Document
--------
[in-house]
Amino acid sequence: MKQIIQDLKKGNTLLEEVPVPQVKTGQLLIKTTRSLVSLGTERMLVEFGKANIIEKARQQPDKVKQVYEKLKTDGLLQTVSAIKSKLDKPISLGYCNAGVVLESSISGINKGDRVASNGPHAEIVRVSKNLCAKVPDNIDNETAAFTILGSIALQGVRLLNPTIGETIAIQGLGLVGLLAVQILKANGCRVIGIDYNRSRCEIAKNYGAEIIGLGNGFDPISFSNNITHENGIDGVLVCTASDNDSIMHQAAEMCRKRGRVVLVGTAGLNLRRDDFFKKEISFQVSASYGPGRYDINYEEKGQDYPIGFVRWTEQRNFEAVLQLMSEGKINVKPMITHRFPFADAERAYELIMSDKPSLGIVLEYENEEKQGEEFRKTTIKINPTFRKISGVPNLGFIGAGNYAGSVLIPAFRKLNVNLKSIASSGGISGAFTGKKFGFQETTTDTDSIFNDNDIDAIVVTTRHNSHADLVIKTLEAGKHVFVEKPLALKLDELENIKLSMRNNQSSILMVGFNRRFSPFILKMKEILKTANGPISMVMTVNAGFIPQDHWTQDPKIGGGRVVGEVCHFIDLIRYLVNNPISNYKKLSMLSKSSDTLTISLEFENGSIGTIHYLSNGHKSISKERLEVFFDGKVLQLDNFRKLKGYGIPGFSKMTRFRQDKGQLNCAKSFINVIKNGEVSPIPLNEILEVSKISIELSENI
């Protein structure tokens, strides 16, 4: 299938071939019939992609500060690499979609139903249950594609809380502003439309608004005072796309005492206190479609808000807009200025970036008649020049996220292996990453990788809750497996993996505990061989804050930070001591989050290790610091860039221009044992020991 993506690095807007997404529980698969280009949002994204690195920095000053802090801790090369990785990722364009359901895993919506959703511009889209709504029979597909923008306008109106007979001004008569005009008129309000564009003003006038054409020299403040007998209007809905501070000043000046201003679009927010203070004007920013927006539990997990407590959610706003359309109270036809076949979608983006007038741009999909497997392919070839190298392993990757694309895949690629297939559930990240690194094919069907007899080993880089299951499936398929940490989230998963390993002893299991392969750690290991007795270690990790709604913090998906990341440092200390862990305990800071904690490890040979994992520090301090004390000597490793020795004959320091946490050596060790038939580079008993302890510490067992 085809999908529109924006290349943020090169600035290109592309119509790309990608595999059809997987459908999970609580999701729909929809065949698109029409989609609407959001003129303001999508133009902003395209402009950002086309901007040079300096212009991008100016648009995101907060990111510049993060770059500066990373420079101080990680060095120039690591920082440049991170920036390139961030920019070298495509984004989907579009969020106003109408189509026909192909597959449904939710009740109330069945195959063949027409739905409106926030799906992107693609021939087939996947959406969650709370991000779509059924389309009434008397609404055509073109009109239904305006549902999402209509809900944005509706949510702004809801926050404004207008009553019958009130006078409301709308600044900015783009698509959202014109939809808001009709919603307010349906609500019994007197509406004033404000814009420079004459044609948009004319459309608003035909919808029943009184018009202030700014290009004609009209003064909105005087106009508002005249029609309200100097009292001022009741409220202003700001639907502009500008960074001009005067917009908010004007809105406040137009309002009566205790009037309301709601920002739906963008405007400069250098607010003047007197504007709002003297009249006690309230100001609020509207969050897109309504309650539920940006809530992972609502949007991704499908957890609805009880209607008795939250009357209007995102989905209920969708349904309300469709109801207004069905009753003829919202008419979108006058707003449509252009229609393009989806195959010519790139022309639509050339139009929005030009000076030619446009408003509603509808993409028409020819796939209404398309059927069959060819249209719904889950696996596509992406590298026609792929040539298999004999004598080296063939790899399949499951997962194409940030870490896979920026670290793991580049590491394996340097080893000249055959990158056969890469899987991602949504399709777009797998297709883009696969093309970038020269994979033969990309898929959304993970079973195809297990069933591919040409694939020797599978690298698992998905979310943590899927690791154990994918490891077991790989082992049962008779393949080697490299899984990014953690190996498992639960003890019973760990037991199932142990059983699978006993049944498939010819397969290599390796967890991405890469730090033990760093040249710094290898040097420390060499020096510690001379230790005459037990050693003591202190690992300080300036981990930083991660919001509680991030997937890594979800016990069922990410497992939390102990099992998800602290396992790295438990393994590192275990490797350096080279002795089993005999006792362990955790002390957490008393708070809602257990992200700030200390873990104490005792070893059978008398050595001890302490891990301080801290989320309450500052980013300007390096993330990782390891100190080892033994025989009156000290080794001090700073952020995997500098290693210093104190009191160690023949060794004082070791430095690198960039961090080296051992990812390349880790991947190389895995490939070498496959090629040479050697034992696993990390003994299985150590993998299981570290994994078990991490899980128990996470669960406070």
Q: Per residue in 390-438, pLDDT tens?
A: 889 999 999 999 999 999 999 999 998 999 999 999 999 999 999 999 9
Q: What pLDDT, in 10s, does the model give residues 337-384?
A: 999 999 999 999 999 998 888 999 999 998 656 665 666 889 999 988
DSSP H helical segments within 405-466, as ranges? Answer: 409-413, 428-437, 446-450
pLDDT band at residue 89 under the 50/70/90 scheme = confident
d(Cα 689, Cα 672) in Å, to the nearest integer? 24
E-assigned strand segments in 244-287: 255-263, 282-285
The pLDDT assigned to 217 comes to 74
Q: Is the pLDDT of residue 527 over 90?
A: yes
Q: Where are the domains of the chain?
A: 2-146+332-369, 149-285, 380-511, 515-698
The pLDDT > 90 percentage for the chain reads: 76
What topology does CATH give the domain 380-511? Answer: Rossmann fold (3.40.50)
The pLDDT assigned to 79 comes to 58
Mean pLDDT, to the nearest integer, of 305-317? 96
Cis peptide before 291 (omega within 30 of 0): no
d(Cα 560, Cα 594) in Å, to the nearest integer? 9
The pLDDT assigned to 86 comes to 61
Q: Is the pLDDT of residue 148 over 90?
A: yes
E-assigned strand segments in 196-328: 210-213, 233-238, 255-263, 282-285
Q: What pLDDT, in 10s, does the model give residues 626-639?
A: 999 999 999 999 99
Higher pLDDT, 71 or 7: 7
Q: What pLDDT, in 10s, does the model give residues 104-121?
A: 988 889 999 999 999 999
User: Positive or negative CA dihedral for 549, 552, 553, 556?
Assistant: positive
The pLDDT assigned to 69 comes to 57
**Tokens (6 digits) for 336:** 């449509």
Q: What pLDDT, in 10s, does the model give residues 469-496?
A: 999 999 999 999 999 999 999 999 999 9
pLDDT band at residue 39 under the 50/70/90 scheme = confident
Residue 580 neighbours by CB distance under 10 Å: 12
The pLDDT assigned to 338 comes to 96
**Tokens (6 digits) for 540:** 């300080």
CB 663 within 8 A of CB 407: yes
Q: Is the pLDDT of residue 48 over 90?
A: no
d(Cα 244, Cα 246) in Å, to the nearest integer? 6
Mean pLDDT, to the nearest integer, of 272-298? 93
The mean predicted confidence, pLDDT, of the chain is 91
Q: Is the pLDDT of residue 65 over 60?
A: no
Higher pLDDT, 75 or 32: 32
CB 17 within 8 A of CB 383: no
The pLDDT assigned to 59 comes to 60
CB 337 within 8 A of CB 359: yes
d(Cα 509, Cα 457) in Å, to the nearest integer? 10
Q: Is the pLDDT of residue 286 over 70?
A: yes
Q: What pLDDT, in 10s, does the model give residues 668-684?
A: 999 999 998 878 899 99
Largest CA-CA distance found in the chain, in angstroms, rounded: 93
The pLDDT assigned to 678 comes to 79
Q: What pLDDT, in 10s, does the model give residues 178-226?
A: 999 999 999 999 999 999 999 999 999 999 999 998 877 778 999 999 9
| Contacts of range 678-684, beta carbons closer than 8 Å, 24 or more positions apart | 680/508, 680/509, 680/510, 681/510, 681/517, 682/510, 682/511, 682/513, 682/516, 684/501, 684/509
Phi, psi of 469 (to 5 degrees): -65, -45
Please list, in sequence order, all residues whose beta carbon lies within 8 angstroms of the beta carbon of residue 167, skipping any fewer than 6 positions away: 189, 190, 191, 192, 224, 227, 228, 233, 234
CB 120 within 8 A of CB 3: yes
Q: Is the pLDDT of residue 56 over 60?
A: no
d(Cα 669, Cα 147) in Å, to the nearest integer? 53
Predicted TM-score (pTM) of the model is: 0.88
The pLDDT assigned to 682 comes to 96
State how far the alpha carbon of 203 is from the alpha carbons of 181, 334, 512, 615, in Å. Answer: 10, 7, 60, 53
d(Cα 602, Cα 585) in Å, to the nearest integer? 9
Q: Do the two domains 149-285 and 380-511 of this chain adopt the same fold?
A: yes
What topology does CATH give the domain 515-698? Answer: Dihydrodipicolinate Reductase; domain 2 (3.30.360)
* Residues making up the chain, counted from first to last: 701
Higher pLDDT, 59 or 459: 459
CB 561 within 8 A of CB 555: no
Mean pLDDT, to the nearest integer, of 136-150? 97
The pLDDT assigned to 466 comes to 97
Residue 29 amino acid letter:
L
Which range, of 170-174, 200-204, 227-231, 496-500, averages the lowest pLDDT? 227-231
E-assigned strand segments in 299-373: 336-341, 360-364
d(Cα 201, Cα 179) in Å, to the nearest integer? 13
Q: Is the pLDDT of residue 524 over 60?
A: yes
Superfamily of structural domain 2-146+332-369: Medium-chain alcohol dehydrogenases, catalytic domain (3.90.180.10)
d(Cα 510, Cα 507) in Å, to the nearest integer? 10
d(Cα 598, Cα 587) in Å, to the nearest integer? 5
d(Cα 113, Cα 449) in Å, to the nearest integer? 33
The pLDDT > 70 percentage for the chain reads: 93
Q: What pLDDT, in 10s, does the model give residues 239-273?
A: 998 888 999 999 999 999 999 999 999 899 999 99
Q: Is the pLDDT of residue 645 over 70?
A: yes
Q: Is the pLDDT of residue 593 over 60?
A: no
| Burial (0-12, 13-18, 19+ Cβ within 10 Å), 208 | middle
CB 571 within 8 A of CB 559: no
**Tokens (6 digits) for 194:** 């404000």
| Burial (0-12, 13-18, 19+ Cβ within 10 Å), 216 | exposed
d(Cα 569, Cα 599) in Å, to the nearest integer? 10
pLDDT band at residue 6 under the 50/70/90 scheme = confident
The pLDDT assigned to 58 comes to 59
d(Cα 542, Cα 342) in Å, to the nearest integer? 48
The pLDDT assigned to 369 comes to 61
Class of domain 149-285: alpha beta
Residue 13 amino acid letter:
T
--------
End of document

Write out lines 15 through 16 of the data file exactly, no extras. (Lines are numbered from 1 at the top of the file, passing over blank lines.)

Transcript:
Q: Where are the domains of the chain?
A: 2-146+332-369, 149-285, 380-511, 515-698